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2021-46 weekly bits and bites

I don’t know of a more useful rule of thumb in finance than this: The more investors are aware of a particular company or asset class, the more capital gets thrown at it, and so the lower the long-term returns will be.

At a time when every fund salesman and their dog is hawking ESG, now is a great time to stay away.

(5min _ Advisor Perspectives)

How to Invest Your Money When Inflation is High

Regardless of what you believe about stocks, real estate, gold, or crypto, there is one truism that will always protect your assets against inflation—own things that provide value to humans.

(5min _ OfDollarsAndData)

Beyond Smart

Why do so many smart people fail to discover anything new? … Clearly intelligence is not the only ingredient in having new ideas. What are the other ingredients? Are they things we could cultivate?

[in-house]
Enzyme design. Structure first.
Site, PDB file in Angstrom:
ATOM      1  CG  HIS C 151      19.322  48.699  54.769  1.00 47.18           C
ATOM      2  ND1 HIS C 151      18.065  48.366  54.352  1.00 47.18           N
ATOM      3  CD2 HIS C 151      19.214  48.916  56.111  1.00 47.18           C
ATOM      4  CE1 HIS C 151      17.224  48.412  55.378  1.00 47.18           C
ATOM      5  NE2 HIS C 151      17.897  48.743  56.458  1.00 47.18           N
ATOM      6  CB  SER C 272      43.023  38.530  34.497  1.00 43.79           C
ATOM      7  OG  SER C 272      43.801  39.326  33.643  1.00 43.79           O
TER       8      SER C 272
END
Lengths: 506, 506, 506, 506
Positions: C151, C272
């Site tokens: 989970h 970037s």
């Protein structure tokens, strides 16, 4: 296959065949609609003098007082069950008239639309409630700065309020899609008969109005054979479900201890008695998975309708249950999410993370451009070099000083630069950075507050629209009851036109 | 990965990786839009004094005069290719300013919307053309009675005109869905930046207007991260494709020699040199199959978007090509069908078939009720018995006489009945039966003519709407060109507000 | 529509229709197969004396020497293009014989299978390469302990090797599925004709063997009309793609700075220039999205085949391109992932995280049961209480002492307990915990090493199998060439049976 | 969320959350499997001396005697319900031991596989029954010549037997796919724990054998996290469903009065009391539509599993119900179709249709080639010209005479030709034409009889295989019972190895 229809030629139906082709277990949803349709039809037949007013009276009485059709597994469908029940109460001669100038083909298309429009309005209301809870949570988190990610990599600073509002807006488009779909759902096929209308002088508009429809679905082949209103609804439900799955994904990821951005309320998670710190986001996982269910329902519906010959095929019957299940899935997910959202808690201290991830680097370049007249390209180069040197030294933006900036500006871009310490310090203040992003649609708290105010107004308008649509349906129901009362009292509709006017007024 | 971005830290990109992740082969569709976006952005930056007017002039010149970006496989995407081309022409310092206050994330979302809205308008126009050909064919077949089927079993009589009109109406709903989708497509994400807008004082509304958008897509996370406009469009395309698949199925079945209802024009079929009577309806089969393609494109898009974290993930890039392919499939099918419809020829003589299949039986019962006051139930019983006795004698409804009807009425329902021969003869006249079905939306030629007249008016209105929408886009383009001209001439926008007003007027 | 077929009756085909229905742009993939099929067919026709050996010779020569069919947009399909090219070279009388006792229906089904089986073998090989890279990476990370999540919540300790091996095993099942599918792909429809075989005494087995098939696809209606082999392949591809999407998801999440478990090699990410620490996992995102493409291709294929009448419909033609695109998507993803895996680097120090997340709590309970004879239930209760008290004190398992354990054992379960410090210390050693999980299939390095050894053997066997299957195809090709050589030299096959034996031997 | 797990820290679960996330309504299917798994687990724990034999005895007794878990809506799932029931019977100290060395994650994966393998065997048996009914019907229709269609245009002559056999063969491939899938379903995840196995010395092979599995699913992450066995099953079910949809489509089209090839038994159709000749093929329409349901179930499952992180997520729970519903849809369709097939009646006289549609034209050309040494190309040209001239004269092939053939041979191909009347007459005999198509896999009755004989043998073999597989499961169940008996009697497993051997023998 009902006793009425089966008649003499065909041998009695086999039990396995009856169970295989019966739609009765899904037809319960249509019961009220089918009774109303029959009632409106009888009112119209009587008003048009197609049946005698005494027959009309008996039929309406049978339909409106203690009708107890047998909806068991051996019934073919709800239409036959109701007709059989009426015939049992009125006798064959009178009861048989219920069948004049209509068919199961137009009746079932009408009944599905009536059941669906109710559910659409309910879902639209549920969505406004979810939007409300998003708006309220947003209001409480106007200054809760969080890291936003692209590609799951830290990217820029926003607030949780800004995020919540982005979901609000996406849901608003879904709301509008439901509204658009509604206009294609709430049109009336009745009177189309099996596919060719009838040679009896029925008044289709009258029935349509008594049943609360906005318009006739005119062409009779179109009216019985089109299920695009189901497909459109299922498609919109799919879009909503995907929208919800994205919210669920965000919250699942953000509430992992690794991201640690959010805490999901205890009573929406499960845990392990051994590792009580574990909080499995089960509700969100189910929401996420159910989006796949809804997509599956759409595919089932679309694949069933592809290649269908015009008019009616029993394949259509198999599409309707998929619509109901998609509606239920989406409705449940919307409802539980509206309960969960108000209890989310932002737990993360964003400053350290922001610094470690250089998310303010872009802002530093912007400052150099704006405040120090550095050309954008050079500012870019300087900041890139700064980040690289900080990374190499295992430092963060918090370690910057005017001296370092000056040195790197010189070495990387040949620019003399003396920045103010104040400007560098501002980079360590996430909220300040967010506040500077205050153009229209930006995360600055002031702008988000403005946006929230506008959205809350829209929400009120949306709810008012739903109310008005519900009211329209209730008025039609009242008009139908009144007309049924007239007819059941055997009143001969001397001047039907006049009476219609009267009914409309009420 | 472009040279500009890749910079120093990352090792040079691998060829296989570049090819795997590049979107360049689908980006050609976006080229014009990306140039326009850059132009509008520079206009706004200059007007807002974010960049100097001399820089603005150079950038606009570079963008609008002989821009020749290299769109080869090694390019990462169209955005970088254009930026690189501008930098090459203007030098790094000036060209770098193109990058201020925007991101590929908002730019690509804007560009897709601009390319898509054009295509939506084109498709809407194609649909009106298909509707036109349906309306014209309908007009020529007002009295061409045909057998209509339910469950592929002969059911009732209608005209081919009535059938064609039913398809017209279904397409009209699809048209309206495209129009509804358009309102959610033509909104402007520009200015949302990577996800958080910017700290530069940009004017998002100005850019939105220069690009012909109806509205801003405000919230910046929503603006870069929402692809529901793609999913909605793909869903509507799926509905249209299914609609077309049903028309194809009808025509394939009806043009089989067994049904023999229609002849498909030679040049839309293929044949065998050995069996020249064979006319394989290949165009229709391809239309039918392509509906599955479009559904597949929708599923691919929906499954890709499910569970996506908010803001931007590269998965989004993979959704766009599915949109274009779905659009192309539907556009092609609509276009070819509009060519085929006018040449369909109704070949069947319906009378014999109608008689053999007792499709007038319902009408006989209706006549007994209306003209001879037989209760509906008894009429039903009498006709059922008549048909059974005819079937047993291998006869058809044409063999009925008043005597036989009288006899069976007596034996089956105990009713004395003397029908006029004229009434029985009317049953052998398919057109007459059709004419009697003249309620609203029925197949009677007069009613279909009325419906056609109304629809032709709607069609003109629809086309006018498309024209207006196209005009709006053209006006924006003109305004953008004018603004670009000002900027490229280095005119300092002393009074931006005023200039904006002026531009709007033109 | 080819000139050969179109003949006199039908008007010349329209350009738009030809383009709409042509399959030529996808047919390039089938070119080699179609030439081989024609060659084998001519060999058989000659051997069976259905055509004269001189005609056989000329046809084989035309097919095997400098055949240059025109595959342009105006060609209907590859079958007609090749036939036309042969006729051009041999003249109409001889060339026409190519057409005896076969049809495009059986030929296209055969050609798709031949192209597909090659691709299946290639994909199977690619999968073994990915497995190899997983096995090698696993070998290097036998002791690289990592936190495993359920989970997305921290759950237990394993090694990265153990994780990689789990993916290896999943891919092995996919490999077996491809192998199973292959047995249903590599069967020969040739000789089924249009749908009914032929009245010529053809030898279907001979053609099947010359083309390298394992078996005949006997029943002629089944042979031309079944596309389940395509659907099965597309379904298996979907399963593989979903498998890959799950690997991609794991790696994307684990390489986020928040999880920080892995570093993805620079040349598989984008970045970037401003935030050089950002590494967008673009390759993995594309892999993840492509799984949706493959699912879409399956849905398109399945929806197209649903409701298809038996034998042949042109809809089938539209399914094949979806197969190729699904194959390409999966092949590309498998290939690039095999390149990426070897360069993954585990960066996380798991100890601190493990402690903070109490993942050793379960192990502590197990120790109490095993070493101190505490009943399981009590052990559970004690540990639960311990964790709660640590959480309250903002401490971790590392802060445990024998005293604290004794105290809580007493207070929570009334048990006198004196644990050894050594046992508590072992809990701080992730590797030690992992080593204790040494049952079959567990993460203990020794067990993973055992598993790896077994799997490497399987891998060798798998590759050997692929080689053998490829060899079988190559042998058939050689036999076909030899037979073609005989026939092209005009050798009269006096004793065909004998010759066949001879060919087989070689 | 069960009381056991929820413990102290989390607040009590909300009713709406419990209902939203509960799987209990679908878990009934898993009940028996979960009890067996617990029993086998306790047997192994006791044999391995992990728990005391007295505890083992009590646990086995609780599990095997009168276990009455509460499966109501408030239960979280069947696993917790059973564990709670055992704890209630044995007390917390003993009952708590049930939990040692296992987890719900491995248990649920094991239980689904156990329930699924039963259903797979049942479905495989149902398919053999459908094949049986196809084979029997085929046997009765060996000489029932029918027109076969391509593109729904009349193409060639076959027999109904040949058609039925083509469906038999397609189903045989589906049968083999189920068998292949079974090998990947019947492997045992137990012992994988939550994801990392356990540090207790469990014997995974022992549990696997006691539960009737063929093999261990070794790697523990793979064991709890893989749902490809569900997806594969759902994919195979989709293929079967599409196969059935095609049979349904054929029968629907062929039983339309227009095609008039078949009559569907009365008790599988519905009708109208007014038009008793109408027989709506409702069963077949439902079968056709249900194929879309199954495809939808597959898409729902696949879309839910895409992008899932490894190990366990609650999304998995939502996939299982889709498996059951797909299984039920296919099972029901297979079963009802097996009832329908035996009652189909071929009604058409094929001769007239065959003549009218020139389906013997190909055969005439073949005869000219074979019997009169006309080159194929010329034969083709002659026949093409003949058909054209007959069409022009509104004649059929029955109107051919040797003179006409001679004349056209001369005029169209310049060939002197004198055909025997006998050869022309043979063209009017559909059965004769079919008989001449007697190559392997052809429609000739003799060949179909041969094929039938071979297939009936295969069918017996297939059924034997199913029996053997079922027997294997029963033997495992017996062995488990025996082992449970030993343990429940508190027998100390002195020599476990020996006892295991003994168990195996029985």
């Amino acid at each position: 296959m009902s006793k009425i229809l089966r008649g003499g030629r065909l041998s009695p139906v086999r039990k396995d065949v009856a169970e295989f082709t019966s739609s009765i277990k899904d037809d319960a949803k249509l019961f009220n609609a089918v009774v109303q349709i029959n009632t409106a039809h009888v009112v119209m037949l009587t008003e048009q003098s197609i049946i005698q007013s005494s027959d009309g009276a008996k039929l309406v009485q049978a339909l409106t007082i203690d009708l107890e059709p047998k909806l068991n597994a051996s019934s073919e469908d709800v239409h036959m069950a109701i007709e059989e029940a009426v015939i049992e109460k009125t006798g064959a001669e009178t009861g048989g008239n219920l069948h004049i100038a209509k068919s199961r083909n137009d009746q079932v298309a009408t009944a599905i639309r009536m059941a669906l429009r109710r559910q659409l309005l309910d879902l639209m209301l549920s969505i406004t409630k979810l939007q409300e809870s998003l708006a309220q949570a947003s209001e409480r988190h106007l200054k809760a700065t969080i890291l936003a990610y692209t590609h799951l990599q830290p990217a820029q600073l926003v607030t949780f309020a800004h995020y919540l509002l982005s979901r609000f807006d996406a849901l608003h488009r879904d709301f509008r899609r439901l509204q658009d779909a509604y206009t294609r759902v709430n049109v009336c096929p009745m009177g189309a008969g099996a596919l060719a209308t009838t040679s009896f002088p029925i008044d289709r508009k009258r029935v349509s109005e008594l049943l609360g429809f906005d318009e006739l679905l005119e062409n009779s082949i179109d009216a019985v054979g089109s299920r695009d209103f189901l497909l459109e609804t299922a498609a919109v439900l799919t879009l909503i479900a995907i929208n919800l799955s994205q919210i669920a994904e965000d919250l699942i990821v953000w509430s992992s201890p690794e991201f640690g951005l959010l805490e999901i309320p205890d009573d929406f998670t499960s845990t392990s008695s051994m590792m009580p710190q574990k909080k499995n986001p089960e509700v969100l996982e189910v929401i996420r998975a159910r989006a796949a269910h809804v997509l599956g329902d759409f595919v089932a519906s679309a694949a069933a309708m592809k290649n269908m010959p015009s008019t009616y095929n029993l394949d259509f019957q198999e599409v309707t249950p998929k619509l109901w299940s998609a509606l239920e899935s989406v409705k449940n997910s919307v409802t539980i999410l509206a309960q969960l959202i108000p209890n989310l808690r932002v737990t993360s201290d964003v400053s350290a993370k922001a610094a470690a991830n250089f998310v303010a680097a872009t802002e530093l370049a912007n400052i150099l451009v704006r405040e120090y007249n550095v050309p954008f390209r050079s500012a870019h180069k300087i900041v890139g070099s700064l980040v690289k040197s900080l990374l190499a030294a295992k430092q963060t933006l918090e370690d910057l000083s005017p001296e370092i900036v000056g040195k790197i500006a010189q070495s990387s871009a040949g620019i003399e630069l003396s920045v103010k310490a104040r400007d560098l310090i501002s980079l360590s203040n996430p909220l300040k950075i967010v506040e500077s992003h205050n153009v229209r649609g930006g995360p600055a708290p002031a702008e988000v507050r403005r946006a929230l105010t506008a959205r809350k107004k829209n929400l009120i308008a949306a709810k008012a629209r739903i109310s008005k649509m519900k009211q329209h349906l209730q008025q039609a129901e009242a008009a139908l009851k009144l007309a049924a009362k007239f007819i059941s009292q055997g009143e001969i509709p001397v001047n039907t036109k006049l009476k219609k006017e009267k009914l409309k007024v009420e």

(5min _ Paul Graham)

It’s Mostly a Demand Shock, Not a Supply Shock, and It’s Everywhere

In this research, we paint a picture of the surge in demand and how supply is straining to meet it virtually everywhere you look. There are not enough raw materials, energy, productive capacity, inventories, housing, or workers.

We start with this broad-brush picture because the demand-driven nature of the problem results in a game of whack-a-mole: alleviating a shortage in one area will likely just exacerbate the problem elsewhere in the supply chain.

(12min _ Bridgewater)

Robert Cialdini: The Principles of Persuasion [The Knowledge Project Ep. #122]

Known colloquially as “The Godfather of Influence,” Cialdini is a foundational expert in the science of influence and how to apply it ethically in business. His books, including Influence: Psychology of Persuasion and Pre-Suasion, have sold more than 7 million copies in 44 different languages, and he is the Regents’ Professor Emeritus of Psychology and Marketing at Arizona State University.

(podcast 1h05min _ The Knowledge Podcast)

„A respect for evidence compels me to incline toward the hypothesis that most portfolio decision makers should go out of business — take up plumbing, teach Greek, or help produce the annual GNP by serving as corporate executives. Even if this advice to drop dead is good advice, it obviously is not counsel that will be eagerly followed. Few people will commit suicide without a push.“
_Paul Samuelson

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